A video showing a group of protesters in Hong Kong destroying what they believe is a “facial recognition tower” started circulating again on social media in early May. But it turns out these images are from 2019 and they actually show smart lamp posts. To be fair, some members of the Hong Kong opposition do have real concerns that the authorities are using these lamp posts to surveil the city, even though the authorities say that isn’t their purpose.
If you only have a minute
A video that started circulating on Twitter on May 4, 2022 shows Hong Kong protesters attacking what they call a facial recognition tower. According to the caption on this video, it was filmed recently.
In reality, the video is from pro-democracy protests that took place during the summer of 2019.
Protesters destroyed a so-called smart lamp post, which they believe contains facial recognition software. The government, however, says that isn’t the aim of these installations.
The verification in detail
A video shared on Twitter on May 4, 2022 and retweeted nearly 37,000 times shows Hong Kong residents, according to the caption, “cutting down facial recognition towers”. A man uses an electric saw on what looks like a lamp post – a long stem with a green thing on top in the shape of a leaf.
The pole falls to the cheers of a crowd of protesters dressed in black and carrying umbrellas. When it falls to the ground, people have a go at it – kicking it, spray painting it and pouring some kind of liquid on the components.
Certain elements in the video, like the IKEA logo in the backdrop and the orange Mega Box building, made it possible for our team to easily identify the location where it was filmed which, is, indeed Hong Kong. A similar lamp post is visible on Google Street View images from March 2022. Similar posts have been installed up and down the street.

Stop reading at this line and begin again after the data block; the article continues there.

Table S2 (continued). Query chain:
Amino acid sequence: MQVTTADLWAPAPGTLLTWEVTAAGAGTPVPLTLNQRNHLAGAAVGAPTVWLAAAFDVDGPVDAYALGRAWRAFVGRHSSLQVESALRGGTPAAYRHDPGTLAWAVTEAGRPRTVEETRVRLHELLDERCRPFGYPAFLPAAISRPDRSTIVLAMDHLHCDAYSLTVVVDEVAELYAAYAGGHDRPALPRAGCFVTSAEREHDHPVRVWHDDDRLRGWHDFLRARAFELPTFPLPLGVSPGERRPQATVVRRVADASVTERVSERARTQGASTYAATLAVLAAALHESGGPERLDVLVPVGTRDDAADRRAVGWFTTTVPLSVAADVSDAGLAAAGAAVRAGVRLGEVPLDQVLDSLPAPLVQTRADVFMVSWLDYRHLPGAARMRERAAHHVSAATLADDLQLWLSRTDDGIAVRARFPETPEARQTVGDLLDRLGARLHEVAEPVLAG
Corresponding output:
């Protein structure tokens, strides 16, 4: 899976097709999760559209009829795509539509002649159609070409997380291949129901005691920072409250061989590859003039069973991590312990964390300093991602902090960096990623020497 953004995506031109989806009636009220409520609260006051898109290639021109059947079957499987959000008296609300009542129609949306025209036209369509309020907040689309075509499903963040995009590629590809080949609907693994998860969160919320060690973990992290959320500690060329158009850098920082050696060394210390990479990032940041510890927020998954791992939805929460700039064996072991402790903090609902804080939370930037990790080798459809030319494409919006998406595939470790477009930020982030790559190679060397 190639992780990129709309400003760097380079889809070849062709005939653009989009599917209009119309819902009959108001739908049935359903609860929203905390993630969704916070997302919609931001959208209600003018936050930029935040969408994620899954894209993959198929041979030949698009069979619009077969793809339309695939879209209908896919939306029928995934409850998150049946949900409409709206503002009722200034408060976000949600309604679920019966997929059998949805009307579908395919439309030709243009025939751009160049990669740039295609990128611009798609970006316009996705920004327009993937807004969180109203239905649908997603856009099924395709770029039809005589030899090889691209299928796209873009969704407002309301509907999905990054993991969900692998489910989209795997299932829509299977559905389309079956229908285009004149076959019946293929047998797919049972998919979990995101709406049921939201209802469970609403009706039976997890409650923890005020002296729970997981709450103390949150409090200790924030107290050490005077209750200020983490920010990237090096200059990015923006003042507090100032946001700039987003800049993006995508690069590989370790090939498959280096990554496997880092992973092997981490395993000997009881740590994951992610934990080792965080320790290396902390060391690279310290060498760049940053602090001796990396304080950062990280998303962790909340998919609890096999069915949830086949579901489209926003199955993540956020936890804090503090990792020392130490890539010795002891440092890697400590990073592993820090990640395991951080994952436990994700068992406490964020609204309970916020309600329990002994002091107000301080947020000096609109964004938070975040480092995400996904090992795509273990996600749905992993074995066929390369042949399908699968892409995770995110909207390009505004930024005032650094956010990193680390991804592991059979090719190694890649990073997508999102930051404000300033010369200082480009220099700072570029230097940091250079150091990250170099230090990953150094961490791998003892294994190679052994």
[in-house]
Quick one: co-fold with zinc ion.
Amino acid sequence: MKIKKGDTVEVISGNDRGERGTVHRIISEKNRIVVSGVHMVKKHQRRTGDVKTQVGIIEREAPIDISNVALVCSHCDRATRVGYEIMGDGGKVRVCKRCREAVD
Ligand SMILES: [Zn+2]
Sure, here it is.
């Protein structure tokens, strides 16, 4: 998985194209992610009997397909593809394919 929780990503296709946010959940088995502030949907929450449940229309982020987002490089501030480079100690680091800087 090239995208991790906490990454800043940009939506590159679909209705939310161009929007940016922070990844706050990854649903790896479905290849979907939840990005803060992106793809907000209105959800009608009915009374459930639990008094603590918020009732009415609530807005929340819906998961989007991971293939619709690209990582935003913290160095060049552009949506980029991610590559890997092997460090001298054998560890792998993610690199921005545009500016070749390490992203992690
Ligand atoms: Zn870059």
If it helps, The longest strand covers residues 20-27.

Video from August 2019
Since early May, this video has been shared widely on social media platforms, from Gab to Reddit to Twitter, with a caption that makes it seem like the scene took place in May 2022.
“People in Hong Kong are rising against dictatorship of China … they are cutting down facial recognition towers from streets. Long Live the Resistance !” says one tweet, posted by a verified user with the Indian Army.
“People in Hong Kong are cutting down the facial recognition towers. Meanwhile Twitter doesn’t want you to retweet this,” reads another Tweet.
You can find out when the video was actually filmed by carrying out a search using the key words “Hong-Kong: people destroy facial recognition towers” in English on different social media sites as well as a reverse image search using the tool Invid WeVerify (check out this link to find out how). Turns out, the video started circulating online on August 24, 2019, the day of pro-democracy protests in Hong Kong. One example is this tweet, which has been deleted, but you can see it archived.